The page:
In French language, arithmetic statements are often read, at the elementary school level, as , say, " deux et deux font quatre" , i.e. something like " two and two make four".

Out of this arises a belief according to which the $ \Large= $ symbol expresses some sort of action , either an action performed by numbers themselves or by the person that operates the mental activity of computation which is supposed to be denoted by the $\Large +$ sign.

This first belief may, in the head of older students, be replaced by the idea that $\Large =$ means " has the same magnitude " or " has the same value as".

I tried to show to high school students that the supposedly active meaning of $\Large =$ does not work anymore when the equality is reversed : $2+2$ may ( arguably) " make" $4$ , but would one say that $4$ " makes " $2+2$ ?

But I did no manage to convince them that, at least in the case of arithmetic statements, the " has the same magnitude " interpretation is not correct.

The identity meaning seems simply unbelievable to students.

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    $\begingroup$ As charming as it is, the French language is weird. One says "Jean has 16 years" to talk about age and "It is doing cold" to talk about weather. This can't be the first time your students have considered action verbs that are idiomatically used to describe the state of an object. $\endgroup$ Commented Jan 6, 2022 at 22:12
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    $\begingroup$ In your experience, do English speaking students easily admit that equality is identity? $\endgroup$ Commented Jan 6, 2022 at 22:19
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    $\begingroup$ That said, I appreciate your students' perspective that equality is a relation that describes when two arithmetic expressions have the same magnitude. $2\times2=3+1$ is a true mathematical statement that doesn't have an interpretation under your sense of identity (at least, if I understand your position correctly). $\endgroup$ Commented Jan 6, 2022 at 22:21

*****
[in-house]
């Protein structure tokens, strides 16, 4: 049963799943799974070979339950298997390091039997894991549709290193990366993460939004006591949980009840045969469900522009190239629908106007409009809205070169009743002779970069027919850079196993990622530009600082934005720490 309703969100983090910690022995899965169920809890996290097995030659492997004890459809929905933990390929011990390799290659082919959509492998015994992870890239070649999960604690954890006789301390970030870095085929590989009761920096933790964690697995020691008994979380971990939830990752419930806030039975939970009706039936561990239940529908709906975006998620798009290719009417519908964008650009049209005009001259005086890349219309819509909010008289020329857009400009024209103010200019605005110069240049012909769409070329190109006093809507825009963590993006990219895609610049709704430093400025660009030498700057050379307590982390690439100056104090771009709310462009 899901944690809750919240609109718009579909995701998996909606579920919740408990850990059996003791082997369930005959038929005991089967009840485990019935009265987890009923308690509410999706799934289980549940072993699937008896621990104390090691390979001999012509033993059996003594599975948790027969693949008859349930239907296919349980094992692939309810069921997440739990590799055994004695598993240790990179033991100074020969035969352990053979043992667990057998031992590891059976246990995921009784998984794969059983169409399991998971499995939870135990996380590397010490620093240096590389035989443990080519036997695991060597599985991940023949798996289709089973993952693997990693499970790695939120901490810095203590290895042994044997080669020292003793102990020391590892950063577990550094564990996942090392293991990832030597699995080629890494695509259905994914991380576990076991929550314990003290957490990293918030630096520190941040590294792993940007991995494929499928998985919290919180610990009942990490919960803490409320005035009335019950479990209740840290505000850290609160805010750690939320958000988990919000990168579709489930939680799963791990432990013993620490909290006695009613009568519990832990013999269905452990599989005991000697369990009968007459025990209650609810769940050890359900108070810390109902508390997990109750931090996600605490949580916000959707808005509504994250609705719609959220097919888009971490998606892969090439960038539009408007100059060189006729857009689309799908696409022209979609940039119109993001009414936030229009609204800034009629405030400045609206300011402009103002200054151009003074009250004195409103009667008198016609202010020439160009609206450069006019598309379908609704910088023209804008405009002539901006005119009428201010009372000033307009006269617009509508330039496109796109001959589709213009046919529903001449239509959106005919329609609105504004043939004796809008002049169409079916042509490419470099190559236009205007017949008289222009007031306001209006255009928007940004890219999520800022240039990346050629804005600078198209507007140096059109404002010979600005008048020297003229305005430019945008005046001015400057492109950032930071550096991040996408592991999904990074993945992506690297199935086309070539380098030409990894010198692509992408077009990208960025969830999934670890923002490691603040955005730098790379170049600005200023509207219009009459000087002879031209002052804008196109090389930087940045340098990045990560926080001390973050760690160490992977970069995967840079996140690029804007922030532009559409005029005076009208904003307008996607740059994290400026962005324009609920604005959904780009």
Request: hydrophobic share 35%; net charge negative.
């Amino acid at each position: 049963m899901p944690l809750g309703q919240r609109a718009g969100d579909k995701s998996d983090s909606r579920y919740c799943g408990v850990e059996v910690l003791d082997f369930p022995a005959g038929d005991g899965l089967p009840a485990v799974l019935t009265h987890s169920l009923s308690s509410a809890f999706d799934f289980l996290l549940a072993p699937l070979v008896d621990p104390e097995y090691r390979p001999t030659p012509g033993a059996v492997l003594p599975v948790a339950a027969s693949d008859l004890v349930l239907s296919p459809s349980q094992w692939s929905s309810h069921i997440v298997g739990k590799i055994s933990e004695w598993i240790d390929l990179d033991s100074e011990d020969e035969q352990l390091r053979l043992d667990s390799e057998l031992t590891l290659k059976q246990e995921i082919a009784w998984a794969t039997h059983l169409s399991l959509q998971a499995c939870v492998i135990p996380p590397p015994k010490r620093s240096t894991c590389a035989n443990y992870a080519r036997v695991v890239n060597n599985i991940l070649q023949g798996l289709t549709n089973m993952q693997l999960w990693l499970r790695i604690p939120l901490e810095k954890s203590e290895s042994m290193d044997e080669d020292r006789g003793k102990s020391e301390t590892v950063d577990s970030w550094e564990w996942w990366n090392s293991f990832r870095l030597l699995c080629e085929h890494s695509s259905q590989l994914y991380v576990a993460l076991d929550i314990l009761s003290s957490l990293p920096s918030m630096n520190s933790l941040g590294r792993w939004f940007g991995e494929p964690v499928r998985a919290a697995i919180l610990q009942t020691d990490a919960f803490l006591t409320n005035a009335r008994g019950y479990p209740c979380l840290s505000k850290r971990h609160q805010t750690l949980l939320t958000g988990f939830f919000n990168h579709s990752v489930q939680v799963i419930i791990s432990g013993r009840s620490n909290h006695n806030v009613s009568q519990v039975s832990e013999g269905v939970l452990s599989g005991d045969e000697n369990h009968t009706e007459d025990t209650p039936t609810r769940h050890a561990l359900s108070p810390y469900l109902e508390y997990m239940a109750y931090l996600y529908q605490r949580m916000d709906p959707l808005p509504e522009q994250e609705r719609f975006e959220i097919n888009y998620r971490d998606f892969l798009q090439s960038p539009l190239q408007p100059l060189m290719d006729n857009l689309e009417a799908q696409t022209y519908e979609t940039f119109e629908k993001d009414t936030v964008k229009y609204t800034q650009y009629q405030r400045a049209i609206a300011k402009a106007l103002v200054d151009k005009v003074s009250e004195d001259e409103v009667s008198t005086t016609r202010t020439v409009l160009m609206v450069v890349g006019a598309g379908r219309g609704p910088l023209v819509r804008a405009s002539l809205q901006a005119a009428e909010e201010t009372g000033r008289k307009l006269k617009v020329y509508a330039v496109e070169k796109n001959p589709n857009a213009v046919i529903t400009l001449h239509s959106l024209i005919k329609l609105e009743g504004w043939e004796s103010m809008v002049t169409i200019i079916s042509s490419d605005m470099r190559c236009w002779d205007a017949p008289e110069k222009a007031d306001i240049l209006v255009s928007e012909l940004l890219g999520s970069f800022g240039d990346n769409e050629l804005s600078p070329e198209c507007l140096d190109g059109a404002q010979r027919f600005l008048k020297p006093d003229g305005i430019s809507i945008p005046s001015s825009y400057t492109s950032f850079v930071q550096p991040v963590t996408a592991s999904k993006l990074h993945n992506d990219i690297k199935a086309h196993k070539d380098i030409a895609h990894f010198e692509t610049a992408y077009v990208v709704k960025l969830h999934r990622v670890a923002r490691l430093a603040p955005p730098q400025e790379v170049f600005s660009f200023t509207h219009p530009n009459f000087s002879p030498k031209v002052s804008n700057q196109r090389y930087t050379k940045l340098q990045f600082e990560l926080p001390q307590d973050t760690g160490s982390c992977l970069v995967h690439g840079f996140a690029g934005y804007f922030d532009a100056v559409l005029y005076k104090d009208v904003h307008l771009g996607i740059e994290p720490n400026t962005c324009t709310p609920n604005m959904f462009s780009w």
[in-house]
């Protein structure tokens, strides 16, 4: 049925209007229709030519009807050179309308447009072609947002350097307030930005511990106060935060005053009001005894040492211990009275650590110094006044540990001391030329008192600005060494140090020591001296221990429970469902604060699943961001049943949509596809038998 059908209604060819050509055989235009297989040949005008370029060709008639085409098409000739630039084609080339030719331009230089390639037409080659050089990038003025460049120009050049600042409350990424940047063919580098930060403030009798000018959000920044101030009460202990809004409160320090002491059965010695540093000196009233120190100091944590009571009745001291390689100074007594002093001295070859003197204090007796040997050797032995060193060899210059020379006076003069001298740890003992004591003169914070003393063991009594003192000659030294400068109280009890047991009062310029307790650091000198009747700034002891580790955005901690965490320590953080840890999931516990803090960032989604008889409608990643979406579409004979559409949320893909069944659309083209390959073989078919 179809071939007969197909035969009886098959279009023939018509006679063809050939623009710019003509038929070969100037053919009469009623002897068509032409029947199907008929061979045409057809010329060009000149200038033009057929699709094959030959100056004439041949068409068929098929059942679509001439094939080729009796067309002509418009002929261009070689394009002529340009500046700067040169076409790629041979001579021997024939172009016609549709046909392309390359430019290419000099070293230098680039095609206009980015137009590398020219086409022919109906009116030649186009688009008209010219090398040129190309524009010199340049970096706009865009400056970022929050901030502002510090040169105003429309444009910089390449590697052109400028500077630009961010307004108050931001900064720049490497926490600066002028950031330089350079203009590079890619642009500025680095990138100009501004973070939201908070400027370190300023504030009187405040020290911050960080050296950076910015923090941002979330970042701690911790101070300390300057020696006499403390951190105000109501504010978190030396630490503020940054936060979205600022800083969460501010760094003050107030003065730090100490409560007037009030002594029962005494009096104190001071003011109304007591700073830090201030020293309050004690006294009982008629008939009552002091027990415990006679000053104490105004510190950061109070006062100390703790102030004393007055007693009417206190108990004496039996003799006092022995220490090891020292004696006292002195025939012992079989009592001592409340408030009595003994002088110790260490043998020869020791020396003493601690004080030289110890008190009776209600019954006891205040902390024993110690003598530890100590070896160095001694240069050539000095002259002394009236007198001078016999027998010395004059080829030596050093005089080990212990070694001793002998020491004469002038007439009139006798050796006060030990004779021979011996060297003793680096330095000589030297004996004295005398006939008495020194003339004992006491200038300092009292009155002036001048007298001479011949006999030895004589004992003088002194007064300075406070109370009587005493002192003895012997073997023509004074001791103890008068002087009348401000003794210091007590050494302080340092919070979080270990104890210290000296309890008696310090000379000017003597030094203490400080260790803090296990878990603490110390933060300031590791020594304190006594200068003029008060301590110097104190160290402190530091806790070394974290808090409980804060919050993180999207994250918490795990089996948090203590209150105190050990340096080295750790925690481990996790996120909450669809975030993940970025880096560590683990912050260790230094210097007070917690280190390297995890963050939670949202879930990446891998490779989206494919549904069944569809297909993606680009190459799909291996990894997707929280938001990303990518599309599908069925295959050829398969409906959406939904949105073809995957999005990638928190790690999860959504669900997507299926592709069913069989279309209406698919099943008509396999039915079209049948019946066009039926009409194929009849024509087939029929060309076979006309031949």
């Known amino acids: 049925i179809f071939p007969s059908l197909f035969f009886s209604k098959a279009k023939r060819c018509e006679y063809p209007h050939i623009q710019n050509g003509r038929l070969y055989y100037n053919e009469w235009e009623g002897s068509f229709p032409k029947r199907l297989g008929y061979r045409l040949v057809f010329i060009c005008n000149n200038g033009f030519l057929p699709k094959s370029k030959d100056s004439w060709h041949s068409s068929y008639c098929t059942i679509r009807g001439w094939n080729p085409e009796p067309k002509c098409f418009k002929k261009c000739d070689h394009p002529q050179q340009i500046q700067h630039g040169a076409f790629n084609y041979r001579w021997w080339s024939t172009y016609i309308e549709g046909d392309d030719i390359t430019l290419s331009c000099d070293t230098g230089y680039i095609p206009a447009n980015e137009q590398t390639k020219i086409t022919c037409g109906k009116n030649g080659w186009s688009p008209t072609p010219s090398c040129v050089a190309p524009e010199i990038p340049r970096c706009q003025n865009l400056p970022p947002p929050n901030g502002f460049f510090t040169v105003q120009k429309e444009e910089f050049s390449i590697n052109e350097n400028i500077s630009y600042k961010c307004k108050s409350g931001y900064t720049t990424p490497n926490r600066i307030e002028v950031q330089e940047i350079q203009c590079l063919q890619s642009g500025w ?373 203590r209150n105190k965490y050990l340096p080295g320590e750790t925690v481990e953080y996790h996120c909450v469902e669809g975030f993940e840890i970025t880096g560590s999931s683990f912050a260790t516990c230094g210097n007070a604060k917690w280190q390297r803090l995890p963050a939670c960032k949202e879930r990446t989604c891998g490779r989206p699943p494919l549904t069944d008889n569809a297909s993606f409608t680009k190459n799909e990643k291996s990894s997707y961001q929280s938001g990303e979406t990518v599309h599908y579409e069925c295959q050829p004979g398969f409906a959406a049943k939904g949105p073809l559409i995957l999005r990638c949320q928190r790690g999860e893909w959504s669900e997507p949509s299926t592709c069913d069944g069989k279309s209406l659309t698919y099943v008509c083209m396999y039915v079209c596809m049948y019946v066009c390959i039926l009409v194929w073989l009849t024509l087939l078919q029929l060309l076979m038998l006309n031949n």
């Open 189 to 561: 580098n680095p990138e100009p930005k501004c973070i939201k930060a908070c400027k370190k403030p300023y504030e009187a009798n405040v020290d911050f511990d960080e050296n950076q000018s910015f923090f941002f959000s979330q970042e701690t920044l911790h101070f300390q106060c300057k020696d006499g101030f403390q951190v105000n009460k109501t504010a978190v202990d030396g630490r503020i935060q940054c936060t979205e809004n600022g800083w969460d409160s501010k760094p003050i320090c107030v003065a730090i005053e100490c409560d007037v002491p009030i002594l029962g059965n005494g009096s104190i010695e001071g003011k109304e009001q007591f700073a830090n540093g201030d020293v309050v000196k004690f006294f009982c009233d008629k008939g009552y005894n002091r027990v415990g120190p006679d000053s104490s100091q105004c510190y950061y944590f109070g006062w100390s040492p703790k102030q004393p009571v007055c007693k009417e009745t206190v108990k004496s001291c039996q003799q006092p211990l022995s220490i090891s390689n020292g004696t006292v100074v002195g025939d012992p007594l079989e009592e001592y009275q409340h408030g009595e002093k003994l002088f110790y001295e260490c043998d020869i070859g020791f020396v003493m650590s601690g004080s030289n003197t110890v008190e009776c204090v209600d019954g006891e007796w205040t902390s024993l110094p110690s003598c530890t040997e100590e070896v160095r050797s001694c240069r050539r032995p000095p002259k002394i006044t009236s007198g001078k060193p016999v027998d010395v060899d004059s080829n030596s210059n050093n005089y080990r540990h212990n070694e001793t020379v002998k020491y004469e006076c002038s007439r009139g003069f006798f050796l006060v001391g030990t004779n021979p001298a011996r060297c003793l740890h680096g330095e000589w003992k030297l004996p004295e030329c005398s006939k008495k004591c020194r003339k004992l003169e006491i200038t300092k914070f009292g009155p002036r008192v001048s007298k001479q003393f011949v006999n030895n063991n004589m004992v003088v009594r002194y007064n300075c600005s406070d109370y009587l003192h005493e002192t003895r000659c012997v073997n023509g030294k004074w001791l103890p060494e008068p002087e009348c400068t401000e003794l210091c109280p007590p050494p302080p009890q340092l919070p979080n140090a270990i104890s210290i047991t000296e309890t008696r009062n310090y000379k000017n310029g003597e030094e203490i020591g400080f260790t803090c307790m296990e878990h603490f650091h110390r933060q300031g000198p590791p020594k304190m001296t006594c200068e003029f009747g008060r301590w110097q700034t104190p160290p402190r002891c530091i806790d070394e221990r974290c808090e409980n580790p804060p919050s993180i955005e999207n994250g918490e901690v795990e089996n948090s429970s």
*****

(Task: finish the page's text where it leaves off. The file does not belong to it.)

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    $\begingroup$ Is it really that your students aren't believing you when you say what the sign means, or is it that you can't get it to stick in their minds? Because in the latter case, I might try overdoing it with the language: change whatever you usually say in place of the sign (like "equals" in English) by some more verbose and explicit version, like "is the same number as". $\endgroup$ Commented Jan 6, 2022 at 22:57
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    $\begingroup$ I don't think there's anything peculiarly French about your situation. See matheducators.stackexchange.com/questions/7964/… . Slightly worse maybe. I wouldnt know... $\endgroup$
    – Rushi
    Commented Jan 7, 2022 at 9:23

1 Answer 1


Although some of the trouble may be language dependent, there is also the issue (here in the U.S., too, in English) that young students get the feeling, perhaps from teachers, even, that = is like saying "and here's what comes next".

I have seen research on this issue. I can't find exactly what I was looking for, but did find this:

"To put it simply: Some students ... use the equals sign (=) as a symbol for the word "then" or the phrase "the next step is." For instance, when asked to find the third derivative of x4+7x2–5, some students will write "x4+7x2–5 = 4x3+14x = 12x2+14 = 24x." Of course, those four expressions are not actually equal to one another.

"A slight variant of this error consists of connecting several different equations with equal signs, where the intermediate equals signs are intended to convey "equivalent to" --- for example, x = y – 3 = x+3 = y. This is very confusing and altogether wrong, because equality is transitive --- i.e., if a=b and b=c then a=c, but x certainly is not equal to x+3. It would be better to replace that middle equals sign with some other symbol. The most obvious symbol for this purpose is ≡, which means "is equivalent to," but that symbol has the disadvantage of looking too much like an equals sign, and thus possibly leading to the same confusion. Thus, a better choice would be ↔ or ⇔, both of which mean "if and only if." Thus, I would rewrite the example above as x = y – 3 ⇔ x+3 = y."

The author called this 'stream of consciousness' notation.

I have seen both of these issues, and I just keep reminding students that they are writing something incorrect.

Edited to add: Thanks to the comments, here's a link to a similar question, in which the accepted answer includes links to research.


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